Costs for enforcing Condo Rules s 134 of the Condo Act

A recent case Metropolitan Toronto Condominium Corporation No 744 v. Bazilinsky (2012 ONSC 1187) (CanLIi) was a fight over the parrot of the unit holder Mr. Bazilinsky. The court did not focus on the safety of the unit holder but the corporation’s attempt to collect their reasonable costs for enforcing the Declaration and By-laws, pursuant to section 134(5) of the Condo Act.

In this case, the Condo Corp, charged Mr. Bazilinsky for the costs of enforcing their bylaws. When he refused to pay, a lien was placed on his unit and an entry made on the status certificate indicating what was owed. Although the court, ordered costs of $3000 to the corporation. The Corporation sought to add a further $17,000 to the common element costs of Mr. Bazilinsky as these costs were still outstanding for legal fees that were incurred for enforcing the condo rules.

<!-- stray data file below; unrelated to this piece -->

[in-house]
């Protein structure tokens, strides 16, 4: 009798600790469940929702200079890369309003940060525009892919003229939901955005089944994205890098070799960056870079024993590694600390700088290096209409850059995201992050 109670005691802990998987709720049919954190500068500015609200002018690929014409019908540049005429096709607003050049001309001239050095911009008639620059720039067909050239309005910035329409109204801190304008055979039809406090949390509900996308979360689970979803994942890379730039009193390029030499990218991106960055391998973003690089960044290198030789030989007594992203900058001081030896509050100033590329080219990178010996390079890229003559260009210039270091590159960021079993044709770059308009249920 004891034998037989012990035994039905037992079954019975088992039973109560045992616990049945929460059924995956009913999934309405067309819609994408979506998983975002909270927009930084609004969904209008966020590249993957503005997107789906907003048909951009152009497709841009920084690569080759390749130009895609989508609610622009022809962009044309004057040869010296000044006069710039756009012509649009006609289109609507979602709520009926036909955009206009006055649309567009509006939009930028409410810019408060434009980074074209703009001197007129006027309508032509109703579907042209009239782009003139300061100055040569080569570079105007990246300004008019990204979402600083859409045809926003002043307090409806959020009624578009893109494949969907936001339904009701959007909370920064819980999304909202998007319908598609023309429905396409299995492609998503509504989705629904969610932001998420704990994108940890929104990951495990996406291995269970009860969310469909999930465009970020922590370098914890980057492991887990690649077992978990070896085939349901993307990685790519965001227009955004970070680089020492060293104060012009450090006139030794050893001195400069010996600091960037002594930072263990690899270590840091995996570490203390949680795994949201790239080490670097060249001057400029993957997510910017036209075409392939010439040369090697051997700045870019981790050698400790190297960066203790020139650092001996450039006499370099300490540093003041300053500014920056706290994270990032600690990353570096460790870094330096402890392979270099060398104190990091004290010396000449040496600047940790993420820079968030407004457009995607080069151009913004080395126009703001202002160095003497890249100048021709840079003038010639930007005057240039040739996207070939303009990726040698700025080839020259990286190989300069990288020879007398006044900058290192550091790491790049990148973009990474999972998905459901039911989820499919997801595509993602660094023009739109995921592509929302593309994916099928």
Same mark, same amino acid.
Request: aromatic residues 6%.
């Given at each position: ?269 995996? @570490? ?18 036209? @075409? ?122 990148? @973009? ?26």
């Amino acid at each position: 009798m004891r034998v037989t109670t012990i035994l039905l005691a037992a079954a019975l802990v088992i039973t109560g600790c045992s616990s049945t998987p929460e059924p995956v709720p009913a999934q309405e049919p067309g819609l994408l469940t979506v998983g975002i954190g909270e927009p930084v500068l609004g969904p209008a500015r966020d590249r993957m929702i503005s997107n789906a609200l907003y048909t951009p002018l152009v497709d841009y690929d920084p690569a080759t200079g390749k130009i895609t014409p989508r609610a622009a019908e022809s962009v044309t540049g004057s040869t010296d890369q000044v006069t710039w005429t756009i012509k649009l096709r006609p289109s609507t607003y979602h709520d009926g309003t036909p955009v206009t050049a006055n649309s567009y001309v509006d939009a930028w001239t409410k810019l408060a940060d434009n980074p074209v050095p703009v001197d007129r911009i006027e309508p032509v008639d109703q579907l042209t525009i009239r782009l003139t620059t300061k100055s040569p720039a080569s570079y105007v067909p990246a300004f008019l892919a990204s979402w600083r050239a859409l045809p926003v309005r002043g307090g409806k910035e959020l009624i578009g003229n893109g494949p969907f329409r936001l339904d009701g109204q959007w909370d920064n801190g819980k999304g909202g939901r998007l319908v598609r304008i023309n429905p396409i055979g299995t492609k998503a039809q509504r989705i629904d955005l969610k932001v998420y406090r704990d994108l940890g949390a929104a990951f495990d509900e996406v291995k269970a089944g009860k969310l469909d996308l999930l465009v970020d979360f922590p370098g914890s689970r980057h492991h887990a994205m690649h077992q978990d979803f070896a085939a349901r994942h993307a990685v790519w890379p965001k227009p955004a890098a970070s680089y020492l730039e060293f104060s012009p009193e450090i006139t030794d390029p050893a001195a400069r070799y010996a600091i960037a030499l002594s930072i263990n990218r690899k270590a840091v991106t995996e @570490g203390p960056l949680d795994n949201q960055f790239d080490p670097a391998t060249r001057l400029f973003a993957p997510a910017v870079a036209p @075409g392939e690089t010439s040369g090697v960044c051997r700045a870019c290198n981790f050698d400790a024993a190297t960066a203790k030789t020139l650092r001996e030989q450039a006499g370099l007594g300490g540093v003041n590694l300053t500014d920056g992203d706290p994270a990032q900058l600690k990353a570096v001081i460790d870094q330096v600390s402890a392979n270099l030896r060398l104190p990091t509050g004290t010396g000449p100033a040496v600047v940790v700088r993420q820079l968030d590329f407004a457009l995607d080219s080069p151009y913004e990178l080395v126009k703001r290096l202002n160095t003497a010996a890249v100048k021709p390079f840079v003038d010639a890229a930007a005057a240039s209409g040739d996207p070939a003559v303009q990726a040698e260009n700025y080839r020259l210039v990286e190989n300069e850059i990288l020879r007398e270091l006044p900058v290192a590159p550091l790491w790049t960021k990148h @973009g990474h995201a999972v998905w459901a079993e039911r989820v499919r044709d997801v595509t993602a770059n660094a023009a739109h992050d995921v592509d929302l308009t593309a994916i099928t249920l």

The court found that legal costs would be recoverable if reasonable. The court reduced the Corporation’s bill of $41,599 to $6,500. The court also ordered costs against the corporation.

Pets in a Condo can they be banned.

Condominum Boards try to ban unit owners from having pets, citing the Condominum Actt,y the Declaration and the By-Laws of the Condominium Corporation.

An outright ban, is not in keeping with Rule s58 of the Condominum Act which states that

The board may make, amend or repeal rules respecting the use of common elements and units to,
(a) promote the safety, security or welfare of the owners and of the property and assets of the corporation; or
(b) prevent unreasonable interference with the use and enjoyment of the common elements, the units or the assets of the corporation. 1998, c. 19, s. 58 (1).

The rules must be reasonable. The animals have to be a threat to the safety, and security of the unit owners.